Picturing the future can be fascinating. An exhibition on the development of science fiction in Germany at a Bonn museum traces this fascination. Here are some of the highlights.
Since the start of the technological age, science fiction has acted as a reflection of the public's fascination with the future and inspiration for scientists to develop new technologies. An exhibition at the Haus der Geschichte (History Museum) in Bonn focuses on how science fiction has developed in Germany. In some ways, the exhibition is a time capsule.
Lost in space
The film "Raumschiff Venus antwortet nicht" ("Venus spaceship doesn't answer") was the name for the West German release of the GDR movie "Der schweigende Stern" ("The Silent Star"). A co-production of the GDR and Poland, the film came out in 1960 - a year after the Russian Luna mission successfully sent an unmanned spacecraft to the moon.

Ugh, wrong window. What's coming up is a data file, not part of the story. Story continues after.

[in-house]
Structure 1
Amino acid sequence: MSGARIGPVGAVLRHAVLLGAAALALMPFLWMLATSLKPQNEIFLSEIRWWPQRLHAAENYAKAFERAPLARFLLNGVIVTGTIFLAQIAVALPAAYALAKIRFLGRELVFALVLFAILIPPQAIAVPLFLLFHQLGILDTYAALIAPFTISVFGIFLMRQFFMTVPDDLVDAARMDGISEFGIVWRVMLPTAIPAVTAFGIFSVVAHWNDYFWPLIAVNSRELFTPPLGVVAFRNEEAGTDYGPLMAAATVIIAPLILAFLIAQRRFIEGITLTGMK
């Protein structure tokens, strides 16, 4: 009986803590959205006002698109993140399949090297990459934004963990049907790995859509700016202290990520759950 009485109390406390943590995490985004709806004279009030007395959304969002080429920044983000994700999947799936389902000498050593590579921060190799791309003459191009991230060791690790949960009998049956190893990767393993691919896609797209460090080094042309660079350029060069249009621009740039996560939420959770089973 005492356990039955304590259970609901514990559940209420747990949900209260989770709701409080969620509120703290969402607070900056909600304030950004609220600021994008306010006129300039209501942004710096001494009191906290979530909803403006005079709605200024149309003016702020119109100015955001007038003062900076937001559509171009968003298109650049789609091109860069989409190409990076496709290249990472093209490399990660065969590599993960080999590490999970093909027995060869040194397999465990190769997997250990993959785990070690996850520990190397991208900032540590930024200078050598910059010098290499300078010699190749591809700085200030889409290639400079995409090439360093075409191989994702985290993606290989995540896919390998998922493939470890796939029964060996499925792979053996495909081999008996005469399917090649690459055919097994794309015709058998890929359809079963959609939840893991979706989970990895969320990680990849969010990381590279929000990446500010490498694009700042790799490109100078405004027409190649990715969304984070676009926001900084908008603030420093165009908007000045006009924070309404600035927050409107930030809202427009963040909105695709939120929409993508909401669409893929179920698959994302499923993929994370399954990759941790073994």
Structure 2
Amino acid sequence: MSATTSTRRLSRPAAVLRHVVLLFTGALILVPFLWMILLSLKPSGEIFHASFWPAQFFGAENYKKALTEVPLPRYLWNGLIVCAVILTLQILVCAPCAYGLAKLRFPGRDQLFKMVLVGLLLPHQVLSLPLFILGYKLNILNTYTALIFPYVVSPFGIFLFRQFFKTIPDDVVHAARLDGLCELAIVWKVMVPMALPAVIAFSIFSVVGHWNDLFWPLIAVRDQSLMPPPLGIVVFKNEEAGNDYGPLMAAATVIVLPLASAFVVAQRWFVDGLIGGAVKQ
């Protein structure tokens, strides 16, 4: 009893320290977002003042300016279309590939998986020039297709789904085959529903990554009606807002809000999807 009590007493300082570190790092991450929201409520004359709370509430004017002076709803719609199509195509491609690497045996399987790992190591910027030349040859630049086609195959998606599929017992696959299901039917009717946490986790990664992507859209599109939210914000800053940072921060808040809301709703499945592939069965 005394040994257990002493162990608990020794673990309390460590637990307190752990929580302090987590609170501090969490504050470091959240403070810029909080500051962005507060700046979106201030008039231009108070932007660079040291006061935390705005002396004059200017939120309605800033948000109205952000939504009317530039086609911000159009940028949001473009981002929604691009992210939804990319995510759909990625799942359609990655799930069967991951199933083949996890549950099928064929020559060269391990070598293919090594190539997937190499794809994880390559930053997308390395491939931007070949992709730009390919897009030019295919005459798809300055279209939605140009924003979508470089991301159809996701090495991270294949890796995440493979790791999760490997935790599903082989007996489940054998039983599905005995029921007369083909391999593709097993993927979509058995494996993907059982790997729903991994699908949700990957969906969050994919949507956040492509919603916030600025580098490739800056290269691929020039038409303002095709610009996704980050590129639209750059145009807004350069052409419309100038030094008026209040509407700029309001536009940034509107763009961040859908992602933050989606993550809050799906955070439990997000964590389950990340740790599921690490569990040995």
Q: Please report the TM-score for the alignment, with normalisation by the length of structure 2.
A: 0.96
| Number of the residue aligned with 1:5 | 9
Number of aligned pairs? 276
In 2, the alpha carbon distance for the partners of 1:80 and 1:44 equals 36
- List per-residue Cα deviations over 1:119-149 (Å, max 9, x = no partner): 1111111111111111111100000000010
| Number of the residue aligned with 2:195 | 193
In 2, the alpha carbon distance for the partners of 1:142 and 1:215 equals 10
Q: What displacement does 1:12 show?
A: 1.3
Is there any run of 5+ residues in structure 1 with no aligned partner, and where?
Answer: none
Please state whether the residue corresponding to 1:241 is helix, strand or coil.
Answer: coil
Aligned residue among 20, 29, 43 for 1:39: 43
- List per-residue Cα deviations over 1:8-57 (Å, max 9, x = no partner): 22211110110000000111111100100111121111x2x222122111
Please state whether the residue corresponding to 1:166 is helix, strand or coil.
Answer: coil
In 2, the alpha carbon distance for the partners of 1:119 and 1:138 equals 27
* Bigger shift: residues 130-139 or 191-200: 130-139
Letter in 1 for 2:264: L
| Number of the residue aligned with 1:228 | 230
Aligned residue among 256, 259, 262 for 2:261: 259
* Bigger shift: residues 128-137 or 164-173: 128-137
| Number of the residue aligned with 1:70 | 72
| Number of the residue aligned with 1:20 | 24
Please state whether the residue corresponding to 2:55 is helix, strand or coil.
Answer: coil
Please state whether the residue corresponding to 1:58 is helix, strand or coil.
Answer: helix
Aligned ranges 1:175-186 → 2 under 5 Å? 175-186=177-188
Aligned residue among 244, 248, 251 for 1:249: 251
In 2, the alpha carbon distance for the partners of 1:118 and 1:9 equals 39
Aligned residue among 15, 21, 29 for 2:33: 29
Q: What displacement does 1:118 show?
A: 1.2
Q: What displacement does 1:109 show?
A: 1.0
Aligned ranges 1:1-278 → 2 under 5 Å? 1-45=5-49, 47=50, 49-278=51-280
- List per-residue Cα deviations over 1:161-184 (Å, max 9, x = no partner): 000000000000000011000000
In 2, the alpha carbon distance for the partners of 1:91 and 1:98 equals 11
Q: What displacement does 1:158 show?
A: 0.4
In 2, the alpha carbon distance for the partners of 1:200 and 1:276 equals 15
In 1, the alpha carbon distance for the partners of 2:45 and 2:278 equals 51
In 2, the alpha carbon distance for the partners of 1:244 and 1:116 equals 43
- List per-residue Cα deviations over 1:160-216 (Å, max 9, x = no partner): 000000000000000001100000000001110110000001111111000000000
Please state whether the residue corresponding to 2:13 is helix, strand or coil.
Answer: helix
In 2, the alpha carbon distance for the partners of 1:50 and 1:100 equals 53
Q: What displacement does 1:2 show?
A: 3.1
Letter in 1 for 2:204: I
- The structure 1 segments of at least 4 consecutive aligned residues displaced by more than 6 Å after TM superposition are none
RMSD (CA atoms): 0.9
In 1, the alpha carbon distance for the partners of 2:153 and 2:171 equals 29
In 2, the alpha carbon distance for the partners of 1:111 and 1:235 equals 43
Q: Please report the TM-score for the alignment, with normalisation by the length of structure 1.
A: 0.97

An executive from Google has broken the record set by an Austrian skydiver in 2012, jumping from more than 25 miles above the Earth's surface. Alan Eustace was part of a project to develop commercial spacesuits.
China is sending a spacecraft to the moon to prepare for a futre moon landing. A memorial mini satellite from the German airspace company LuxSpace/OHB is traveling piggyback.
The EU has lowered its climate targets. It's a very worrying signal, says DW climate correspondent Irene Quaile, and reason for arguing that the EU has lost its position as climate leader.
European Union leaders meeting in Brussels have agreed on a new target for the reduction of greenhouse gases by 2030. Members also reached a deal on increasing the proportion of renewable energy used.